Unrepaired primum atrial septal defect with atrial fibrillation and broad complex tachycardia: Submitted by J.P. Bokma, MD, PhD

Seshadri Balaji, Ravi Mandapati, Gary D. Webb

Research output: Chapter in Book/Report/Conference proceedingChapter

Abstract

1. In patients with ACHD with AFib consider the possibility that IART can mimic AFib because of low-amplitude subtle P waves. 2. Patients with ACHD with AFib or IART should be aggressively managed from both the rhythm and the thromboembolic perspectives. 3. Rhythm treatment acutely involves cardioversion (electrical vs. chemical) and long-term treatment with drugs or ablation. 4. Thromboembolic risk mitigation is generally with Coumadin, although the newer anticoagulants may be appropriate in some cases. 5. Before placement of an intracardiac endocardial device (pacemaker or ICD) an evaluation for intracardiac shunts is mandatory. 6. If an intracardiac shunt is present, the epicardial approach (or an SICD) may be the better option. 7. If those are deemed too risky or unattractive, endocardial approach with aggressive anticoagulation may be considered as a last-ditch option.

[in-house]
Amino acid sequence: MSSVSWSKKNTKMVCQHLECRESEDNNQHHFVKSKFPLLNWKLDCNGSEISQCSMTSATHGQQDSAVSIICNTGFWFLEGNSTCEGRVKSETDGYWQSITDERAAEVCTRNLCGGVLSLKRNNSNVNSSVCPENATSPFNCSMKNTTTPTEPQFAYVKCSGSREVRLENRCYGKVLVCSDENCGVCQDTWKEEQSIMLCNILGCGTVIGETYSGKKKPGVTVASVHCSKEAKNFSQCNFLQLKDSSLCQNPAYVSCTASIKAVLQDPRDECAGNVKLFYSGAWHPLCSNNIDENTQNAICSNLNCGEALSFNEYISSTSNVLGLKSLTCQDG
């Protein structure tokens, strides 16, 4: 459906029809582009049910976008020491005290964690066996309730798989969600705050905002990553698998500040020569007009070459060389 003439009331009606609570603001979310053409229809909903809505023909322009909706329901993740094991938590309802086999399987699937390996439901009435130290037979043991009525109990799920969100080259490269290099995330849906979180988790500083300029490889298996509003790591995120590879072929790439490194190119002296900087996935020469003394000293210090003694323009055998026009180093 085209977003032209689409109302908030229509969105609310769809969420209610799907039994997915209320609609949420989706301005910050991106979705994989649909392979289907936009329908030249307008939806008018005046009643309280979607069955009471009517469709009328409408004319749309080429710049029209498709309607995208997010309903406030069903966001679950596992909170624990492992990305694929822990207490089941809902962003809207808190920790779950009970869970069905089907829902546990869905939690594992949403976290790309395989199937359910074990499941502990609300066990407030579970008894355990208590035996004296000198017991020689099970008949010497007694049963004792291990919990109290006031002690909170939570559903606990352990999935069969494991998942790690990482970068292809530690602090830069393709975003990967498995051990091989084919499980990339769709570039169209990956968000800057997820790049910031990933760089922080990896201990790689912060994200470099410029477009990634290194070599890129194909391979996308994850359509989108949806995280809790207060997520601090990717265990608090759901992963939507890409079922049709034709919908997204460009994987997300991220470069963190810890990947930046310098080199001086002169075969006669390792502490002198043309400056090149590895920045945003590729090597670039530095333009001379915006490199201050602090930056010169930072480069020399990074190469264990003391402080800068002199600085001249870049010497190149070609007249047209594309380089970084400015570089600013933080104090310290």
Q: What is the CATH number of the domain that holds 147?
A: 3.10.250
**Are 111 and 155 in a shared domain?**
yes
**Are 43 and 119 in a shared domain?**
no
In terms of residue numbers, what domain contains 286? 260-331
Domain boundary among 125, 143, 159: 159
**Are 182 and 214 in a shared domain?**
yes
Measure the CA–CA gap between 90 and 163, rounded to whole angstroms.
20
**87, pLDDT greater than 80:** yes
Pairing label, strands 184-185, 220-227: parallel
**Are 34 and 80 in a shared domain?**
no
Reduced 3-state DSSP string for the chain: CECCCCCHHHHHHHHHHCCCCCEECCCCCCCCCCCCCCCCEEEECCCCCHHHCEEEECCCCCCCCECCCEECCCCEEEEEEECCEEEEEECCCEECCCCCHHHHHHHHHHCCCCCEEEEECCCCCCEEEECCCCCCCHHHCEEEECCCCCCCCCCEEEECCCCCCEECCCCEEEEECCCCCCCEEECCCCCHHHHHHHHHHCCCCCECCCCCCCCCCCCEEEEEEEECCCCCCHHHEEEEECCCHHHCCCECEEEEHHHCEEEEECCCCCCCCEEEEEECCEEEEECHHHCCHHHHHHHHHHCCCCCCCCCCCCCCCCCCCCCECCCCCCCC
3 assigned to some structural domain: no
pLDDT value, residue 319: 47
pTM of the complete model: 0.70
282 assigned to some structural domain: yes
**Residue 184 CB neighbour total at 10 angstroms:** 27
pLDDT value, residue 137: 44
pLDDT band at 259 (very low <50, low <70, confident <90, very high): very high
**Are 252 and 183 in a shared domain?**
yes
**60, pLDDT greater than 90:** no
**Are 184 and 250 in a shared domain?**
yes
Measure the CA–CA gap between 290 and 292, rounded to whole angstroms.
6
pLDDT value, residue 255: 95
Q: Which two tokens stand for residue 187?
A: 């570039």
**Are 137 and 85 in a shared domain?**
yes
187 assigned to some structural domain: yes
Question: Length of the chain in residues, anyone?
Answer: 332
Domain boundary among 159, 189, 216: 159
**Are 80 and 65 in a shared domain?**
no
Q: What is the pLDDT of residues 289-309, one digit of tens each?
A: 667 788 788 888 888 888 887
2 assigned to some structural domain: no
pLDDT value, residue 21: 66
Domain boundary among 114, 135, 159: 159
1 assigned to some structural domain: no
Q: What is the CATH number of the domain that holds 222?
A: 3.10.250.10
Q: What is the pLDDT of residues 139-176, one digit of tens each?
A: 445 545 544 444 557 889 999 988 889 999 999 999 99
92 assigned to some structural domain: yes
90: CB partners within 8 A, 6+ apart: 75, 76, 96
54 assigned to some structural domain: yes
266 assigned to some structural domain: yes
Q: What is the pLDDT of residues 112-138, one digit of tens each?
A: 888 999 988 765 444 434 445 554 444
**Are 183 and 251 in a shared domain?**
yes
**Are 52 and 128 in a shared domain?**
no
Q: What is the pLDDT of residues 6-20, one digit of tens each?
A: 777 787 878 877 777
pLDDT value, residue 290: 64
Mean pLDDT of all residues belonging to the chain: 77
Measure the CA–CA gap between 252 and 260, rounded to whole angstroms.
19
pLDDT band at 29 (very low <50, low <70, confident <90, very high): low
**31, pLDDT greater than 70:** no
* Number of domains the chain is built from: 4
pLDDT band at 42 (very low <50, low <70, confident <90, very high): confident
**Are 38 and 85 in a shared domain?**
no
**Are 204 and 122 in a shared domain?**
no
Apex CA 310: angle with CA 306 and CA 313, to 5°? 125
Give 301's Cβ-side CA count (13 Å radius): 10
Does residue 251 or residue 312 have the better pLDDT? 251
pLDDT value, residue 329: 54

Original languageEnglish (US)
Title of host publicationArrhythmias in Adult Congenital Heart Disease
Subtitle of host publicationA Case-Based Approach
PublisherElsevier
Pages29-37
Number of pages9
ISBN (Electronic)9780323485685
ISBN (Print)9780323496094
DOIs
StatePublished - Jan 1 2018

Keywords

  • Anticoagulation
  • Atrial fibrillation
  • Atrial septal defect
  • Subcutaneous defibrillator
  • Thromboembolism
  • Ventricular tachycardia

ASJC Scopus subject areas

  • Medicine(all)

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